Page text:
• IESO fails to provide natural gas generation costs which would include total costs associated with idling and production allowing a calculation to determine the cost per kilowatt hour.

 

The above list could be expanded with a closer look or perhaps by a visit from Ontario’s Auditor General, Bonnie Lysyk; however, I think most will agree even without a report from the AG’s office the transparency claimed by IESO is sadly lacking.

I leave it to others to decide if the lack of transparency by IESO reflects incompetence, or is intentional and perhaps directed by the Ministry they report to.

© Parker Gallant,

June 7, 2016

The views expressed are those of the author and do not represent Wind Concerns Ontario policy

Comments

Sommer
Reply

Parker, once again, this is a much appreciated thorough analysis. The way you so generously spend your time examining the fine details for us and exposing them in such a coherent way is such an enormous contribution.

The next question is, how can we bring an abrupt end to this lack of transparency and this horrible mismanagement of money? It seems that on so many fronts of the industrial wind turbine fiasco, there is no one ‘at the helm’ willing to prevent Ontario’s demise.

Pat Cusack
Reply

Well said, Sommer. Thanks.

Pat Cusack
Reply

I long for people in governments who really do look after people and the environment and not just pay lip service.

Pat Cusack
Reply

p.s. Let me add that they probably do think they are doing a good job, but we know better. Someone should tell them that, pardon the cliché, money doesn’t grow on trees, and besides, trees are crucial to the well-being of the planet.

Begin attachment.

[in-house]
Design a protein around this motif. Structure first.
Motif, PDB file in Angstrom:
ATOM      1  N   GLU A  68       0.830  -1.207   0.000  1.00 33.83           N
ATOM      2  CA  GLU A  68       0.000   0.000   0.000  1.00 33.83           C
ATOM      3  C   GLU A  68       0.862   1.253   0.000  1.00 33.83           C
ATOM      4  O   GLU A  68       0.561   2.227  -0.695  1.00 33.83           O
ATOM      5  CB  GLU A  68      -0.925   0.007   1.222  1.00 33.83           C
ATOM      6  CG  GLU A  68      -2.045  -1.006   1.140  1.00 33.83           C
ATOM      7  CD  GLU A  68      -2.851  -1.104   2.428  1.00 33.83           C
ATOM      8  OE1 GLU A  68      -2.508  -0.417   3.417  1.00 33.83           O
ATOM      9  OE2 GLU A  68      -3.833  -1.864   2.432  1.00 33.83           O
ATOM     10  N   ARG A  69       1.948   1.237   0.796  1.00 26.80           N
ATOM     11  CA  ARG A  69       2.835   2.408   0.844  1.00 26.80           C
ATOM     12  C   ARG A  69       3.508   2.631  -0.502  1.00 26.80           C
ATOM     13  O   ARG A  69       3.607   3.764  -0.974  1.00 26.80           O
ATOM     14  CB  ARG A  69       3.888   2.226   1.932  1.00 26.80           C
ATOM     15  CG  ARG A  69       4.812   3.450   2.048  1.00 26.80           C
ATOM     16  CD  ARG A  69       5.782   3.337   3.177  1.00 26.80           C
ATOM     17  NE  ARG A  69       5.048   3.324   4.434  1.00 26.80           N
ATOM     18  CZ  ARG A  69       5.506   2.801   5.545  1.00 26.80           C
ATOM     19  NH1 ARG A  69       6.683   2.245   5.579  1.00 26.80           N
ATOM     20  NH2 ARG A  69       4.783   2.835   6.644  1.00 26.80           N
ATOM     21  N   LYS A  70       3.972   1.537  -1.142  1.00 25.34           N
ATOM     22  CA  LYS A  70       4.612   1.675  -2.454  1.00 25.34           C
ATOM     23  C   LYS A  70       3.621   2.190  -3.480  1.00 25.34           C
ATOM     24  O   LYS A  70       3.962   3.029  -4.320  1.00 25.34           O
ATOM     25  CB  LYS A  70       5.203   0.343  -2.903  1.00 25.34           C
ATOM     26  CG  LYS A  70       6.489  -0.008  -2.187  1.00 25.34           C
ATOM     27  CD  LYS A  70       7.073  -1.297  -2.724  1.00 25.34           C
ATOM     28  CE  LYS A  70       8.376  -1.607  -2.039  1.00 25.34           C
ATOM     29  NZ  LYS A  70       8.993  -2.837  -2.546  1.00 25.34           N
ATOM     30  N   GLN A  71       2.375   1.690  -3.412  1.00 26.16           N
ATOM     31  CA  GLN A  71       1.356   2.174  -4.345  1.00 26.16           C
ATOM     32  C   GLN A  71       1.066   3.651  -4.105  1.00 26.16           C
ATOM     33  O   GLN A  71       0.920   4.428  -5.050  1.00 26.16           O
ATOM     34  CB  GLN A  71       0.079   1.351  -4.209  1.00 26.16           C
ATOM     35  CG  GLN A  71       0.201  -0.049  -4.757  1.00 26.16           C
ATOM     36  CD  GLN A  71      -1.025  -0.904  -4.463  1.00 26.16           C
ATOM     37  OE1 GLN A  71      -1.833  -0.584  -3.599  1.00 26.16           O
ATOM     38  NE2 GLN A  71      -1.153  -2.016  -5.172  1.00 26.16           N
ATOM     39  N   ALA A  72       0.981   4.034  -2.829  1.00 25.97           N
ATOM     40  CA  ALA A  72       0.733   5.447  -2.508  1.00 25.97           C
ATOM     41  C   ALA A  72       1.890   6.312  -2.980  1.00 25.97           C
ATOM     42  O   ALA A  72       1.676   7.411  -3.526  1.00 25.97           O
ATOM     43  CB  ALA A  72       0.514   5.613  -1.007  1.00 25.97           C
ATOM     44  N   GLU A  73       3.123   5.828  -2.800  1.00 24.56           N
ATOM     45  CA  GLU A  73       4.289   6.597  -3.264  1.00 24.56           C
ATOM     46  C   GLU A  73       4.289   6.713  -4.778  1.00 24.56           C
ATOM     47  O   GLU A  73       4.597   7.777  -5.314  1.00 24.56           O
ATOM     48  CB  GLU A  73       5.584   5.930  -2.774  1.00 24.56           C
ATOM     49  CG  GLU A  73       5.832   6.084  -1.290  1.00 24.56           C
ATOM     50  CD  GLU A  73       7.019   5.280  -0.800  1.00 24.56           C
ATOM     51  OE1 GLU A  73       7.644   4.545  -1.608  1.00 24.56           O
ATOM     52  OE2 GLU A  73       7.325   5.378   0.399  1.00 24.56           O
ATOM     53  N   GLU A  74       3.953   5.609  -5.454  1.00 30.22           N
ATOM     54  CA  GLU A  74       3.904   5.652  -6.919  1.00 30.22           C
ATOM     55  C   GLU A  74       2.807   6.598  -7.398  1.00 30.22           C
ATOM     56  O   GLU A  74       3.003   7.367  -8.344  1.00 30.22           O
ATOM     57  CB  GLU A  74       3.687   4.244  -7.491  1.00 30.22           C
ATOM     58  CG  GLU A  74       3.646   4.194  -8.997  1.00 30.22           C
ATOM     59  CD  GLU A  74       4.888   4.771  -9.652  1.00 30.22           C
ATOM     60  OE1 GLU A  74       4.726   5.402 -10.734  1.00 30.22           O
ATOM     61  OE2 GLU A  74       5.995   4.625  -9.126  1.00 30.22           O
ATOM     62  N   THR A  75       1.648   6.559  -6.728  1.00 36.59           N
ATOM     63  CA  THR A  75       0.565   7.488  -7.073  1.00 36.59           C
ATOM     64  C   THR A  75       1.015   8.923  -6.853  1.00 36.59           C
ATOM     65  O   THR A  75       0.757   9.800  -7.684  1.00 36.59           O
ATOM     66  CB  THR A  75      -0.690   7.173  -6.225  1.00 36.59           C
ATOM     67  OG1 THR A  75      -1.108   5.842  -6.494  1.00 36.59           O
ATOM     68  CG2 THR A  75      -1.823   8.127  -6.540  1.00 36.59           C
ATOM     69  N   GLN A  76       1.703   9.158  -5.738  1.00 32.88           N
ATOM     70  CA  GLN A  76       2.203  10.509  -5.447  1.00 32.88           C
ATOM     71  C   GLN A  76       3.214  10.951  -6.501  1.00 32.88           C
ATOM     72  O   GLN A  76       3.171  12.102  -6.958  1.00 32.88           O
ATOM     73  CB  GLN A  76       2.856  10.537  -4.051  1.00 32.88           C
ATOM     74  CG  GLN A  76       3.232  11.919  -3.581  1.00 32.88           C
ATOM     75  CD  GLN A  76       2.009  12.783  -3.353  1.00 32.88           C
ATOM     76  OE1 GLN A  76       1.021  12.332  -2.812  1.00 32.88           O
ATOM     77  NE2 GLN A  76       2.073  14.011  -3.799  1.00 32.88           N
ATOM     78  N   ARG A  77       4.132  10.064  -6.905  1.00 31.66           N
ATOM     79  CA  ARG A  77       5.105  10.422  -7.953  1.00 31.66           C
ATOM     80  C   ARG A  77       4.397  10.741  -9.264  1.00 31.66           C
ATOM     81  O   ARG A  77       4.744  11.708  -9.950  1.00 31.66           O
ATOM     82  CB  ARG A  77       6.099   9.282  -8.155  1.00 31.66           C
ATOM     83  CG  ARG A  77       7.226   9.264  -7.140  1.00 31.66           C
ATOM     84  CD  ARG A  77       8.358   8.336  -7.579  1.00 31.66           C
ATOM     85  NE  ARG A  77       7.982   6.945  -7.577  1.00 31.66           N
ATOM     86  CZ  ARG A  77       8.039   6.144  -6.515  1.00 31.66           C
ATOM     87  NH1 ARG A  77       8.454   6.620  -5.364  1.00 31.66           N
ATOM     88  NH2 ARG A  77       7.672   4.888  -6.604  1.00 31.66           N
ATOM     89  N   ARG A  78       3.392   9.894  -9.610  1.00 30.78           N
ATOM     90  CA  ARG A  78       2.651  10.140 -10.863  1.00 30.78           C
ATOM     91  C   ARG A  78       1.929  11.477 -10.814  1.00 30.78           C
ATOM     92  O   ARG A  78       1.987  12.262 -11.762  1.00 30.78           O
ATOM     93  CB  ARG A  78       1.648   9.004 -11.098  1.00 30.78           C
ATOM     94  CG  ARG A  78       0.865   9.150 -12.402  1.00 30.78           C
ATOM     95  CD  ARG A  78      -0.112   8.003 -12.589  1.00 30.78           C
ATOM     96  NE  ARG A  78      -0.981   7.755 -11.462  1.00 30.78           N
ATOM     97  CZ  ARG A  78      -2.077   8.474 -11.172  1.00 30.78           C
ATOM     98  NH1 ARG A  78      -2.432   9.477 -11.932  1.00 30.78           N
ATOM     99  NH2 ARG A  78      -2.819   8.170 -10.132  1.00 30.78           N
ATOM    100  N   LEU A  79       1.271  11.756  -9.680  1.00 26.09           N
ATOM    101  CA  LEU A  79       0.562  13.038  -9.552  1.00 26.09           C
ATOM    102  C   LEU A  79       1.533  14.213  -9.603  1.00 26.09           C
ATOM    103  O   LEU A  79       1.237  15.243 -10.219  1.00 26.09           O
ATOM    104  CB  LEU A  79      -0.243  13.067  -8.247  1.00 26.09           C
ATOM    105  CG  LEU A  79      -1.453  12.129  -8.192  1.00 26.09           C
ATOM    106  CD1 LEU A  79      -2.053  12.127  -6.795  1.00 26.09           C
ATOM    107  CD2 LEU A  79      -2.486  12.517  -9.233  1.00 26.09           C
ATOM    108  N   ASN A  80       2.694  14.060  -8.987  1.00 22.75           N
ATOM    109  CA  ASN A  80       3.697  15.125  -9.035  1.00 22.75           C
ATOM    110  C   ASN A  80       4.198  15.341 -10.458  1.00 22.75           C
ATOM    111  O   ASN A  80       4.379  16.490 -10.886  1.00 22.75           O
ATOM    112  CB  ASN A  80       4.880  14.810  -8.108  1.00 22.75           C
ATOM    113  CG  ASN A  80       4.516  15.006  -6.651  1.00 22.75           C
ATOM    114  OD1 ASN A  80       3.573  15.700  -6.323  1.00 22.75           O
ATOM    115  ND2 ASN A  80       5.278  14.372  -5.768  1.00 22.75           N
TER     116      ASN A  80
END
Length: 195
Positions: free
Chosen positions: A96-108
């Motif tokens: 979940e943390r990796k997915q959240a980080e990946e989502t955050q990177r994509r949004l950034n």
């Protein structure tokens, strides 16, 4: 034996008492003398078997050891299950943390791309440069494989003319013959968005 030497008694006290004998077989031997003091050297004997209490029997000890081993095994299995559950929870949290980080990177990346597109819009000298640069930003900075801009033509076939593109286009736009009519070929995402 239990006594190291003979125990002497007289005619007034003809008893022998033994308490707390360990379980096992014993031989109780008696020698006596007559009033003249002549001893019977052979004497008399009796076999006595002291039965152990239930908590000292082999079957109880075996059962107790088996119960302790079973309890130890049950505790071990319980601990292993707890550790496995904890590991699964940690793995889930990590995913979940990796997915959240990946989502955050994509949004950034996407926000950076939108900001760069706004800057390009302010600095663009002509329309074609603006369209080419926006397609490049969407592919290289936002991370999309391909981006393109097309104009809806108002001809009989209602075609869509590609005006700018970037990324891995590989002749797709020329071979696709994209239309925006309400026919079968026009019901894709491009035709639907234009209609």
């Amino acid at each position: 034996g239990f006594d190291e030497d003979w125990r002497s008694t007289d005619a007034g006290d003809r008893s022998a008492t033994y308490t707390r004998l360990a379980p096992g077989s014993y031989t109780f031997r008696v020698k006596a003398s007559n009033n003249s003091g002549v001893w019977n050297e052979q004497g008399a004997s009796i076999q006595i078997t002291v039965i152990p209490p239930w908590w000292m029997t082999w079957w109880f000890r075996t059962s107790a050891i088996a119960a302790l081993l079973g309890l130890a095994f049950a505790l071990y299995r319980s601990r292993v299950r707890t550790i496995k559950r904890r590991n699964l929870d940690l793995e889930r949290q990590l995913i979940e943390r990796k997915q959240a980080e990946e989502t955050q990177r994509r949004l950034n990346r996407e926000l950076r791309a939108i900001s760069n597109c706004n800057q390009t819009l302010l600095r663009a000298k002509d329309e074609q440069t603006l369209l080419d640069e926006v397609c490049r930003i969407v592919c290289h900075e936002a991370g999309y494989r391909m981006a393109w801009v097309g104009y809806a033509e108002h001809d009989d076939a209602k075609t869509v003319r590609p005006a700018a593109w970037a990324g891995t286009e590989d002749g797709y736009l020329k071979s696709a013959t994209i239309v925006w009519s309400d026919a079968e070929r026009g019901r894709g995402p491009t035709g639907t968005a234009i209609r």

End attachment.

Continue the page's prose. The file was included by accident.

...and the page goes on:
Barbara
Reply

Ontario uses Demand Side Management

People have to be forced to use less electricity even if this means giving away power to other places.

Price electricity beyond the means of public and the demand is reduced and controlled.

Wind and solar have ZERO reliability!

Richard Mann
Reply

Wind and Solar are not reducing C02. See the report, “Ontario’s Electricity Dilemma – Achieving Low Emissions at Reasonable Electricity Rates.” Ontario Society of Professional Engineers (OSPE), April 2015. https://www.wind-watch.org/docviewer.php?doc=OSPE-PEO-2015_Ontario-Electricity-Dilemma.pdf
Page 15 of 23. “Why Will Emissions Double as We Add Wind and Solar Plants ?”

– Wind and Solar require flexible backup generation.

– Nuclear is too inflexible to backup renewables without expensive engineering changes to the reactors.

– Flexible electric storage is too expensive at the moment.

– Consequently natural gas provides the backup for wind and solar in North America.

– When you add wind and solar you are actually forced to reduce nuclear genera,on to make room for more natural gas generation to provide flexible backup.

– Ontario currently produces electricity at less than 40 grams of CO2 emissions/kWh.

– Wind and solar with natural gas backup produces electricity at about 200 grams of CO 2 emissions/kWh. Therefore adding wind and solar to Ontario’s grid drives CO2 emissions higher. From 2016 to 2032 as Ontario phases out nuclear capacity to make room for wind and solar, CO2 emissions will double (2013 LTEP data).

– In Ontario, with limited economic hydro and expensive storage, it is mathematically impossible to achieve low CO2 emissions at reasonable electricity prices without nuclear generation.

Victor laface
Reply

A well thought out report, of miss management and abuse of publicly owned Electrical system.

Grant Church
Reply

Sometimes the wind power curtailment is so large that you would wonder why even run the things at all. The second hour of June 6th shows only 16% of forecast was being utilized.

Sommer
Reply

Here in Huron County we have been relieved of horrible sounds and the most serious effects of low frequency sound modulations and infrasound radiation during periods of curtailment. So we know that, at the very least, the wind companies can modify the torturous effects.
This relief, which lasted for several weeks in a row, has been sporadically juxtaposed with full scale bombardment…. a sickening reality for those who are vulnerable and/or aware of what is causing their malaise and symptoms.
The investigation of health effects cannot happen soon enough. These turbines will be declared a community health hazard when they’re sited so close to our homes. We’re not leaving.